As the effects of the global pandemic continue to play out, business owners and investors alike are scrambling to assess the economic fallout and plan for an uncertain future.
Despite the shock reverberating through the global economy, equity prices have maintained their upward trajectory. What explains this disconnect? For insight on this and other questions, BDO’s Valuation & Business Analytics (VBA) team put real data behind the narrative and launched a new quarterly study that examines how industry and analyst estimates are evolving amid the COVID-19 pandemic.
In the June 2020 inaugural issue, “The Path Ahead, Analysis of Analyst Estimates for Insights on the Economic Recovery,” the BDO team looked at more than 20,000 equity analyst estimates for 428 public companies spread across 24 industries. Leveraging data algorithms and dashboard analytics, estimates were synthesized by sector.
While short-term COVID-19 impacts are well appreciated, opinions diverge on their duration and the shape of an eventual recovery. Many anticipate a U-shaped upswing. Given rising equity prices, that may make sense. But the aggregate data suggest a steeper and longer degradation in revenues and profits.
The analysis revealed stark sector differences in near-term effects and the timing and depth of a recovery. Although declines in expected revenues and profits for specific industries are no surprise, their magnitude and long-term ramifications, as conveyed by analyst estimates, are severe. The tables below, based on data from S&P Global’s Capital IQ database, display both near-term and long-term changes in estimated revenue and EBIT by sector.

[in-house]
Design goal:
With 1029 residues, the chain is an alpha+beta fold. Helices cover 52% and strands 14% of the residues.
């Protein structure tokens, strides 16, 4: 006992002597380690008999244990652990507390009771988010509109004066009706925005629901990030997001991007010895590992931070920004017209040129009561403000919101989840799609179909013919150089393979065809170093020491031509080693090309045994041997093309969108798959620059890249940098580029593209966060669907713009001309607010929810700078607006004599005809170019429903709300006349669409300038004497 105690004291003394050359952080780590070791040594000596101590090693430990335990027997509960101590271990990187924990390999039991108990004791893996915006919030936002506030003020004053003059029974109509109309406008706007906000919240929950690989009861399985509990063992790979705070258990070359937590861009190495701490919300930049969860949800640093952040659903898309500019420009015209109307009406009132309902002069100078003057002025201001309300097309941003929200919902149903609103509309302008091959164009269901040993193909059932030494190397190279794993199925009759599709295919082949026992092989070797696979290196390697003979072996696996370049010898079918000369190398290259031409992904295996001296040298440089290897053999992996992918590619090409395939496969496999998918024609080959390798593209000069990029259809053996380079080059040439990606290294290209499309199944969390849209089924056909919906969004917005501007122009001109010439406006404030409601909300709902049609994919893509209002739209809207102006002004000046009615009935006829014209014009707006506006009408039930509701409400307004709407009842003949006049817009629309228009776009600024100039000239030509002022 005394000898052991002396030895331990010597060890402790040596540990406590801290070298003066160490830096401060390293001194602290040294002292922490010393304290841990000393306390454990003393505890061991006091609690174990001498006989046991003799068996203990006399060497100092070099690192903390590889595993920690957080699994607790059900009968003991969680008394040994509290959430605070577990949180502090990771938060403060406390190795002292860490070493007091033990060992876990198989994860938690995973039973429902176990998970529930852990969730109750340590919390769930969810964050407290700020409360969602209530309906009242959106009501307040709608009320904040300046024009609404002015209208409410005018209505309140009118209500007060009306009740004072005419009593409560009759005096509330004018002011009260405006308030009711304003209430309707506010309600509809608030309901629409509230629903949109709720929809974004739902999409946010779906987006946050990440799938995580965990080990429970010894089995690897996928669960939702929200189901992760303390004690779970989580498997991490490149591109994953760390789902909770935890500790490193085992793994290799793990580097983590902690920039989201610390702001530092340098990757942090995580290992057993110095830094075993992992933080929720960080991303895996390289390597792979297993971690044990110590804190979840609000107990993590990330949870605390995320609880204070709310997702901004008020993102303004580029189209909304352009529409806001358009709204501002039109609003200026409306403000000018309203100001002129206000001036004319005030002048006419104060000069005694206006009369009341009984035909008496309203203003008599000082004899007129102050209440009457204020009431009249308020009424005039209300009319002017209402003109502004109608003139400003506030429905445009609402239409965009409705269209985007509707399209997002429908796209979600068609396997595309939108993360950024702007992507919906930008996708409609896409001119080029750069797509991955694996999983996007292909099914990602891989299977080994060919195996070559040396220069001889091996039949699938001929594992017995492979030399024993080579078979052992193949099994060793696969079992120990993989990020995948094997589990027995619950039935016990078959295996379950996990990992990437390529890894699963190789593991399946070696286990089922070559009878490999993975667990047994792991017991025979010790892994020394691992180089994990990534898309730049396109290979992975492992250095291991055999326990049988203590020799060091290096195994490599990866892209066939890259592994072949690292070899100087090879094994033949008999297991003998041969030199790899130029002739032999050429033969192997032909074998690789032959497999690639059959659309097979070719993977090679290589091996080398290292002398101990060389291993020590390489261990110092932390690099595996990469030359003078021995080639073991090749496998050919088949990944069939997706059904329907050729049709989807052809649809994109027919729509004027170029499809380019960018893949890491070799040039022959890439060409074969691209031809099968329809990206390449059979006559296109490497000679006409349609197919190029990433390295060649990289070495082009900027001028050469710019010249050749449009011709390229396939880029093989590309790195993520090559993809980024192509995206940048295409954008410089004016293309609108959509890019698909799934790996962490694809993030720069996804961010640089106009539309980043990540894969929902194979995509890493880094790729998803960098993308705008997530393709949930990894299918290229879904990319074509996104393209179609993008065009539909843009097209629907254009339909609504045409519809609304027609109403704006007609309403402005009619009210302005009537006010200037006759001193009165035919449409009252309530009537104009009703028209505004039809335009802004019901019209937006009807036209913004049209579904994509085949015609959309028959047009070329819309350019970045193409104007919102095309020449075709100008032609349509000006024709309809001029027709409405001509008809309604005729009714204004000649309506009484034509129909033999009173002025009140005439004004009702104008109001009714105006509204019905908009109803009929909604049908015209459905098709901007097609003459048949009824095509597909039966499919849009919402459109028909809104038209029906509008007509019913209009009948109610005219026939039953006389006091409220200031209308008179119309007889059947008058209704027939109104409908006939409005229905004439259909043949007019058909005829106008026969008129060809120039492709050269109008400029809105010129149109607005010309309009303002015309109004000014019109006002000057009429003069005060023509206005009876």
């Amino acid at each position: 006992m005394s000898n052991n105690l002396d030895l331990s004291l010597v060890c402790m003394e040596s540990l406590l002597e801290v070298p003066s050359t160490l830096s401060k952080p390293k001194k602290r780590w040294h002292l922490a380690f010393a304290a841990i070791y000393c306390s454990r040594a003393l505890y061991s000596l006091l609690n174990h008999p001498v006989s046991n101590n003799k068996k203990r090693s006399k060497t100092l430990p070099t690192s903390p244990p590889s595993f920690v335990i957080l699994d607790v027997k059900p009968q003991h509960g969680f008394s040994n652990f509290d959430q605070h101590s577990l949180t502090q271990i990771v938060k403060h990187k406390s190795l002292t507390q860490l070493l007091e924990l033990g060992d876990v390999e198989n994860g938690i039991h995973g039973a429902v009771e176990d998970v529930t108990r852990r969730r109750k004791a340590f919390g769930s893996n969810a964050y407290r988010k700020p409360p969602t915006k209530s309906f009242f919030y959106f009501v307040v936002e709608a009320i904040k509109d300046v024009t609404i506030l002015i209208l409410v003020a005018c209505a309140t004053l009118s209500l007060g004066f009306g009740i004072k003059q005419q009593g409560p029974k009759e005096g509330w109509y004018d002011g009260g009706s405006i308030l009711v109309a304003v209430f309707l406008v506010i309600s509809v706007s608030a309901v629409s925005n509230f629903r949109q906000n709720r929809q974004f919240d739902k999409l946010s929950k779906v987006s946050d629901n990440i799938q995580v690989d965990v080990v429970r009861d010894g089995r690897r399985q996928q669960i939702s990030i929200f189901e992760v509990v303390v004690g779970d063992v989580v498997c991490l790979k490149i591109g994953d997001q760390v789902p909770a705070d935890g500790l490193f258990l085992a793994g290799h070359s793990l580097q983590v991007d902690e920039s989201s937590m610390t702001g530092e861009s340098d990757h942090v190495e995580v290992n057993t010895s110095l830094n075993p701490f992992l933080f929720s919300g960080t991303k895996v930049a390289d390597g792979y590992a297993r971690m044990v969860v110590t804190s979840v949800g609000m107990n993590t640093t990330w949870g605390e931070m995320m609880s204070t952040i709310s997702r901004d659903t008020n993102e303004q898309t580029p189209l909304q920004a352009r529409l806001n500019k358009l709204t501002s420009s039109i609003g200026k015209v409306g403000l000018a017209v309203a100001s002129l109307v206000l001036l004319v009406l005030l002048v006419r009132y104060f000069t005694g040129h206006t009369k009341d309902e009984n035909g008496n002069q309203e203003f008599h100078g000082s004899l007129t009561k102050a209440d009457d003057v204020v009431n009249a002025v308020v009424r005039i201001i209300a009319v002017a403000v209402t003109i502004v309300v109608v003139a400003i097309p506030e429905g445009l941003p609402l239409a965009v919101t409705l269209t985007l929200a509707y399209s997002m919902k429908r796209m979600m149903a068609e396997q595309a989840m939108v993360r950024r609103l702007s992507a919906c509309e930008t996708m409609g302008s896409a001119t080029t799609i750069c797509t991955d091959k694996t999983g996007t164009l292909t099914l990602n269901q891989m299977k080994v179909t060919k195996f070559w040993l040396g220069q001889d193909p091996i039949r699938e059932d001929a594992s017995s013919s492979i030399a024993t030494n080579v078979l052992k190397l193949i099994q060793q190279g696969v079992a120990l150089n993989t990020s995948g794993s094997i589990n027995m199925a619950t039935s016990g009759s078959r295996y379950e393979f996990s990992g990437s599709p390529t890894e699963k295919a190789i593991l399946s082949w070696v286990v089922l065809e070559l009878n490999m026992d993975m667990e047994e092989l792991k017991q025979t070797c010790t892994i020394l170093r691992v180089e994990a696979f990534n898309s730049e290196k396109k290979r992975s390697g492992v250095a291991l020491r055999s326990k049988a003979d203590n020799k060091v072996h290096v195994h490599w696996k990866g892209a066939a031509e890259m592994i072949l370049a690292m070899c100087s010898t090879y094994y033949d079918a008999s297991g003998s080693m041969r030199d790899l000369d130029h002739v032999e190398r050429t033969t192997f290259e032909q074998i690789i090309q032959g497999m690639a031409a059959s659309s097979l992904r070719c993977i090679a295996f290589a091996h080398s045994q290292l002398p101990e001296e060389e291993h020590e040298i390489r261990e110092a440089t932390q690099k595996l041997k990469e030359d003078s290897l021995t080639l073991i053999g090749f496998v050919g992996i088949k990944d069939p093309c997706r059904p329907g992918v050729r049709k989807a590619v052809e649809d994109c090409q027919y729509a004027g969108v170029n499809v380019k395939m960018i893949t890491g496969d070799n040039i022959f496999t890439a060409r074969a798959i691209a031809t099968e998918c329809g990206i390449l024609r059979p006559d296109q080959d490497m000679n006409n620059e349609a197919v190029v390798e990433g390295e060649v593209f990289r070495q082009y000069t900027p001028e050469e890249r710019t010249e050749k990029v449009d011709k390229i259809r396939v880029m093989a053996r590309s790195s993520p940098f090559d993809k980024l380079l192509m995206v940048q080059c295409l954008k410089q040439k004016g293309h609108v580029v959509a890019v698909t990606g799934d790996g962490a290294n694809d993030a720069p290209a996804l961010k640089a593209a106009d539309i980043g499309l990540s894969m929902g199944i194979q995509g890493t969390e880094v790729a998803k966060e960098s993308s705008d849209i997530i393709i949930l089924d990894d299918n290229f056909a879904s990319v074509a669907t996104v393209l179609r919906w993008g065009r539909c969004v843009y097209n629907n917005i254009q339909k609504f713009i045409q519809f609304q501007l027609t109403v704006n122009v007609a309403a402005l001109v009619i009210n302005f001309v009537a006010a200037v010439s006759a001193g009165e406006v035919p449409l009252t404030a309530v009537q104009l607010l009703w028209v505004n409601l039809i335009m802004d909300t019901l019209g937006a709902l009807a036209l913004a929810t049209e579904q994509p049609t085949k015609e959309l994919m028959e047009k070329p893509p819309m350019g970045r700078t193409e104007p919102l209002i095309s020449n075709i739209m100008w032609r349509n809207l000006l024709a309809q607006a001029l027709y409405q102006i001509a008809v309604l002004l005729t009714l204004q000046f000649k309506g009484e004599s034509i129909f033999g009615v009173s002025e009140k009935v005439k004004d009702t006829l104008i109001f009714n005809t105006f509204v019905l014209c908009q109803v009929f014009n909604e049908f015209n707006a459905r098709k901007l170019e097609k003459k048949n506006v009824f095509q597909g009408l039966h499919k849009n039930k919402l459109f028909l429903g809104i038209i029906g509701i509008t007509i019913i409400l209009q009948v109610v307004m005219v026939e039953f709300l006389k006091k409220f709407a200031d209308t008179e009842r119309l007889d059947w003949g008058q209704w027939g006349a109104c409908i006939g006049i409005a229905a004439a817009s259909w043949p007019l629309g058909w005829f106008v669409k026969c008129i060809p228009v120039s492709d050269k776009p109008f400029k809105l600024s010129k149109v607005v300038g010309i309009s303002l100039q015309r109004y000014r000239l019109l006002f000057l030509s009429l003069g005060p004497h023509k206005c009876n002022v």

Despite the near universal decline in forecasted fundamentals, equity markets have gone in a different direction. The chart below illustrates the change in aggregate total enterprise value (TEV) for each industry from 31 January 2020 to 31 May 2020, using market capitalization for the banking sector.
What was the correlation between market equity prices and the post-COVID-19 analyst revision? Using analyst estimates and changes in market values, the team explored this first on a relative basis for each industry and then based on the movements during April and May. The results highlight the broad disjunction between fundamentals and market prices on an absolute basis.
Relative Market Performance
In the study, the team analyzed the correlations on a relative basis for each industry by plotting their relative TEV change against relative changes in both 2020 EBIT and long-term EBIT. Plots above the line represent industries where the TEV performance was better than the relative decrease in corresponding EBIT: Market value performed better than analyst estimates would suggest compared to other sectors.